Elected just a year ago, the president has spent a considerable amount of time and energy trying to ensure that Democrats win governor's races in Virginia and New Jersey and pick up a GOP-held congressional seat in upstate New York.

    In doing so, Obama raised the stakes of a low-enthusiasm off-year election season — and risked political embarrassment if any lost.

    All three could.

  16. Ian Thorpe says:

    I've said this before several times but American Conservatives (and classic Liberals like myself) need to get some fire in their bellies. Obama and his supporters are not truly of the left but like the Britsh Lsabour party they are authoritarian. You can't argue with them because they are utterly convinced they are right and you can't fight their kind of tyranny because it is the tyranny of the weak. Challenge them and they whine "but can't you see we only want what is best for everybody."

    And like UK Labour governments of the past 12 years and in the 1970s and 1960, from 1945 and 1952 and way back in the 1930s they will deliver what is worst for everybody.

    These political movements survive because people say "well their hearts are in the right place and they mean well."

    The only thing that will stop Obama, because clearly the courts are not going to challenge his legitimcy, is a campaign of civil disobedience. Bring the nation to a standstill. The French and Italians do it regularly, we even did it in Britain to make the government cancel a plan to tax private cars off the road (they didn't think that one through because without fuel taxes the nation would not be able to pay its bills) and the threat of a campaign has forced them to abandon a plan to make us carry (at a cost of £100 each) ID cards loaded with an RFID chip which would enable government agencies to track everybodies movements to within six feet at all times.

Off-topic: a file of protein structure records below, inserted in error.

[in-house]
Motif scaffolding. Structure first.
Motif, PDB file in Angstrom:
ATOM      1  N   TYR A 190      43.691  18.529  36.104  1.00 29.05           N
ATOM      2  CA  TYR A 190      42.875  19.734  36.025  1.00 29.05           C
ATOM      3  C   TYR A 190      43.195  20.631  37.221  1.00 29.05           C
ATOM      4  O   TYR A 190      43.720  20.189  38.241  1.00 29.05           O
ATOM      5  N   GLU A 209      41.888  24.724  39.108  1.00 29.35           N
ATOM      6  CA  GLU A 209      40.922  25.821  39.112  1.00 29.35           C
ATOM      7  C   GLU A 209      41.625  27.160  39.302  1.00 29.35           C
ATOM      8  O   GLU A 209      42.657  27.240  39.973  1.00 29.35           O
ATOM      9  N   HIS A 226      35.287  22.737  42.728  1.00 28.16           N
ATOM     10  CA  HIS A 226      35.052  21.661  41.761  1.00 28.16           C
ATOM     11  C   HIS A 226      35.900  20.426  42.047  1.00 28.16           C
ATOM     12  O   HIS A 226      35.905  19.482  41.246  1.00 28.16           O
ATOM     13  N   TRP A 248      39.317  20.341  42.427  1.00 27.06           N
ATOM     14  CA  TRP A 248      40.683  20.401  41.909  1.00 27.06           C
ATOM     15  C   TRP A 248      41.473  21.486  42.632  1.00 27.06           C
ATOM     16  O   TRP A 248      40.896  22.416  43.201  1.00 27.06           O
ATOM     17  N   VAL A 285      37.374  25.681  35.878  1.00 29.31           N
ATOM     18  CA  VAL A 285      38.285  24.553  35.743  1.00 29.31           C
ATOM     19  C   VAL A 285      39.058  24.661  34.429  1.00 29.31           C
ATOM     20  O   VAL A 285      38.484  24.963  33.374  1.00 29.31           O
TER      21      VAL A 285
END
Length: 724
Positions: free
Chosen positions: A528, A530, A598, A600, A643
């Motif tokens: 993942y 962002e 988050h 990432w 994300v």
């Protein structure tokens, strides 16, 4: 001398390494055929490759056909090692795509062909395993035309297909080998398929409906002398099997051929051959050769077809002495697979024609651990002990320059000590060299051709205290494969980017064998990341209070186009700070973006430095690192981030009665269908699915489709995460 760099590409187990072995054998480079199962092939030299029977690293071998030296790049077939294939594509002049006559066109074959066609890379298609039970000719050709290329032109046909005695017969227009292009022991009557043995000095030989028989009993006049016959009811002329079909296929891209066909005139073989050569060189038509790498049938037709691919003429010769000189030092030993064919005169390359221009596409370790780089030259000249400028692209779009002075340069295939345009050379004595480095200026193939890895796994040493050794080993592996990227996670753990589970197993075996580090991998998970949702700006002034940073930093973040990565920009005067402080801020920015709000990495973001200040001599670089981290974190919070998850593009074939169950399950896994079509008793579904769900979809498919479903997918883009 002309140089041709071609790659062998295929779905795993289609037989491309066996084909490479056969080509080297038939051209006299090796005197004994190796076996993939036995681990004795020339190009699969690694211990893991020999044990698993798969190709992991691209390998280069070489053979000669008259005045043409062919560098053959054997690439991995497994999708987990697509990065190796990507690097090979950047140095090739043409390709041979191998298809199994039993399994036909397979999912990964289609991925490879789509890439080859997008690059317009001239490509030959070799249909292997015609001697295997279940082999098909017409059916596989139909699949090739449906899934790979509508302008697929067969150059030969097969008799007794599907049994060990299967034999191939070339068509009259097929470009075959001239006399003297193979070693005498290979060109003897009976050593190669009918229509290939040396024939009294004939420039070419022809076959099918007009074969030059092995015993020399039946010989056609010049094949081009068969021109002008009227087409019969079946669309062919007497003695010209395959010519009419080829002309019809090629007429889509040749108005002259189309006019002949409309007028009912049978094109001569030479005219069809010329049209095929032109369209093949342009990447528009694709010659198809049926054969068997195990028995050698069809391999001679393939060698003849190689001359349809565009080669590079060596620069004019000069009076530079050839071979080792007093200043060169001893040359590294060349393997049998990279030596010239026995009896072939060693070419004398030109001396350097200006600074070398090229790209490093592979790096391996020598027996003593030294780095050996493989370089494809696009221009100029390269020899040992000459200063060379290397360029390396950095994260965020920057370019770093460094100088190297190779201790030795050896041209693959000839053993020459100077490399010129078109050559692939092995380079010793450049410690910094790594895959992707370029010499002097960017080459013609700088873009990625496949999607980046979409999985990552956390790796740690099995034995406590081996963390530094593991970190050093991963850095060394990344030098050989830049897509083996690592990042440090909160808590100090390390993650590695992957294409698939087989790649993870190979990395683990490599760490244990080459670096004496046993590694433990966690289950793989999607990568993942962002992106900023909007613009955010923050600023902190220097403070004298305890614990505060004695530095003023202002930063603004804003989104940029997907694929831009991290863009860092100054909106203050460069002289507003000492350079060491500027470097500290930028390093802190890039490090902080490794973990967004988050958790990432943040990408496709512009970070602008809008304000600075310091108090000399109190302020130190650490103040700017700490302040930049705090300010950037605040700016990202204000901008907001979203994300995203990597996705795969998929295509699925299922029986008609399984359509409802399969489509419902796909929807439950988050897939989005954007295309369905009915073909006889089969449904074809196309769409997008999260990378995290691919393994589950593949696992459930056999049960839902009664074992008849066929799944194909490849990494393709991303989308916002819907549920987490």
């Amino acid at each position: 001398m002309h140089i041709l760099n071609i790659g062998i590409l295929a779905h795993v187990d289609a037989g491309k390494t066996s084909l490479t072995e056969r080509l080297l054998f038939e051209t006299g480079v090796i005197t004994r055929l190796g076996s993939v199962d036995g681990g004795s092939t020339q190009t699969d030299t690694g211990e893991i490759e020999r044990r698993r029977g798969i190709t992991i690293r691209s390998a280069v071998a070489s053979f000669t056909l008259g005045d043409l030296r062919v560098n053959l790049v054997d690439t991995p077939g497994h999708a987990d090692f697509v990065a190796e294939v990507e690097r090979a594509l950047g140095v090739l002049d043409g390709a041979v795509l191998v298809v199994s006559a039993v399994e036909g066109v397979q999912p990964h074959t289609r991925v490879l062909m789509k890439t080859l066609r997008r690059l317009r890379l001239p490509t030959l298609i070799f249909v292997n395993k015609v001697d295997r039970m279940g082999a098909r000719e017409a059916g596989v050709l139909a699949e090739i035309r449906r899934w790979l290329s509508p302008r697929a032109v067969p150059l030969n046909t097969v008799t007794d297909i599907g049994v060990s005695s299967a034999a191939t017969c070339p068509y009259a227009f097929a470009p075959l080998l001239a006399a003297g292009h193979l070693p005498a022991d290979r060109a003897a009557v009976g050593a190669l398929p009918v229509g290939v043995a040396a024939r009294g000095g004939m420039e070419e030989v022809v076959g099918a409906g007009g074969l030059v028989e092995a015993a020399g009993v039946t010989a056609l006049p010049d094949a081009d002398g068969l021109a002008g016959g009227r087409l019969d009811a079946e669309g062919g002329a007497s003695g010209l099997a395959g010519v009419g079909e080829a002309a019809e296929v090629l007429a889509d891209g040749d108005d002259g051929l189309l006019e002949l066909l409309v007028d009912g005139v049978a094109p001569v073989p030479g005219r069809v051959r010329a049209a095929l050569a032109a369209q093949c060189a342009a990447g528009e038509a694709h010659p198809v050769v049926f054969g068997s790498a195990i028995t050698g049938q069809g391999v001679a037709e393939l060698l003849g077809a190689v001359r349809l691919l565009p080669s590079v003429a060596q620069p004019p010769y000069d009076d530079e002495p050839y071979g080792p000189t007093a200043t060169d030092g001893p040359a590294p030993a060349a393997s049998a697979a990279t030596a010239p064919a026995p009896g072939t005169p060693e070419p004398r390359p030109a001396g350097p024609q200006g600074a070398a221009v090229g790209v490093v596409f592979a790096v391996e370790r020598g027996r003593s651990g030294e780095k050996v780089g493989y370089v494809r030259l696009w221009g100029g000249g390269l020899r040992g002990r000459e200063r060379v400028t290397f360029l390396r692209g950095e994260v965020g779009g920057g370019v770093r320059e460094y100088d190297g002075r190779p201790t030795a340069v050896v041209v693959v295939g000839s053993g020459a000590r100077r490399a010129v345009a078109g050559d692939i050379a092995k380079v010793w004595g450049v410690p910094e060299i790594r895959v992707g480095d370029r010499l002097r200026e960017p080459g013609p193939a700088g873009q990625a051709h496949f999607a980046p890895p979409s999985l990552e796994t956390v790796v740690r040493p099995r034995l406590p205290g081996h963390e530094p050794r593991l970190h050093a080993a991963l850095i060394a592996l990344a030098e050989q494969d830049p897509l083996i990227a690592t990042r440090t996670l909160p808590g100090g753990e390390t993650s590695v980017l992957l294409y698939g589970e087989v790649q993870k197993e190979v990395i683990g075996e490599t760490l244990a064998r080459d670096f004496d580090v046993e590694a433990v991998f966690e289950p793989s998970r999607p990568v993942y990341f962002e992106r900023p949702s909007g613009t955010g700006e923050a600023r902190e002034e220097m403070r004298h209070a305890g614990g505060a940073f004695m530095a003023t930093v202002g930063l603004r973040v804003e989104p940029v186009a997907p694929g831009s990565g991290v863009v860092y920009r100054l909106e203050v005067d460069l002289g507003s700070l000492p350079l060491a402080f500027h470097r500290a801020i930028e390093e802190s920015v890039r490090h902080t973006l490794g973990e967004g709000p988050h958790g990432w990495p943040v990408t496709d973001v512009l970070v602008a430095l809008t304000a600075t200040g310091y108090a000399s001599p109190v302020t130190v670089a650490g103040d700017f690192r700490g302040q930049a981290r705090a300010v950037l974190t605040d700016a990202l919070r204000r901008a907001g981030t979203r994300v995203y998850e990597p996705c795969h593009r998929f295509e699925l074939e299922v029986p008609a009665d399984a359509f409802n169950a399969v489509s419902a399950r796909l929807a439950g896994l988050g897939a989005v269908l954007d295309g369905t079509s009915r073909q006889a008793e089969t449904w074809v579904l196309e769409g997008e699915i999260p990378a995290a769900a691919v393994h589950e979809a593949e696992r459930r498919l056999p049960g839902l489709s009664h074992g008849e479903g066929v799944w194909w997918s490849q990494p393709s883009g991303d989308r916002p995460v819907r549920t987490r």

We have the power, Americans have the power, even though the Obama cultists would not join in. Withdraw co-operation.

    Other than that you will have to rely on the militasry refusing to serve.

  17. Chuck in San Diego says:

    I did some digging and quickly came up with a list of sites that provide "scorecards" of one form or another. Any takers on assessing if any of these sites are worth using for ratings?

    Does anyone know of a site similar to "ProgressivePunch" but is oriented towards Conservatives? Or do you just take the inverse of their ProgressivePunch score?

    My Quick List:

    Republicans for Environmental Protection

    Numbers USA – Immigration Scorecards

    2009 Club for Growth RePORK Card

    Republican Liberty Caucus

    The American Conservative Union

    Americans for Tax Reform

    National Taxpayers Union (NTU)

    Project Vote Smart

    NRA Political Victory Fund

    Council for Citizens Against Government Waste (CCAGW)
    (Last updated 2007)

    (do you just take inverse of the score?)

  18. Rix says:

    While the article is extremely well written and very spirited, I'll dissent on the issue as usual.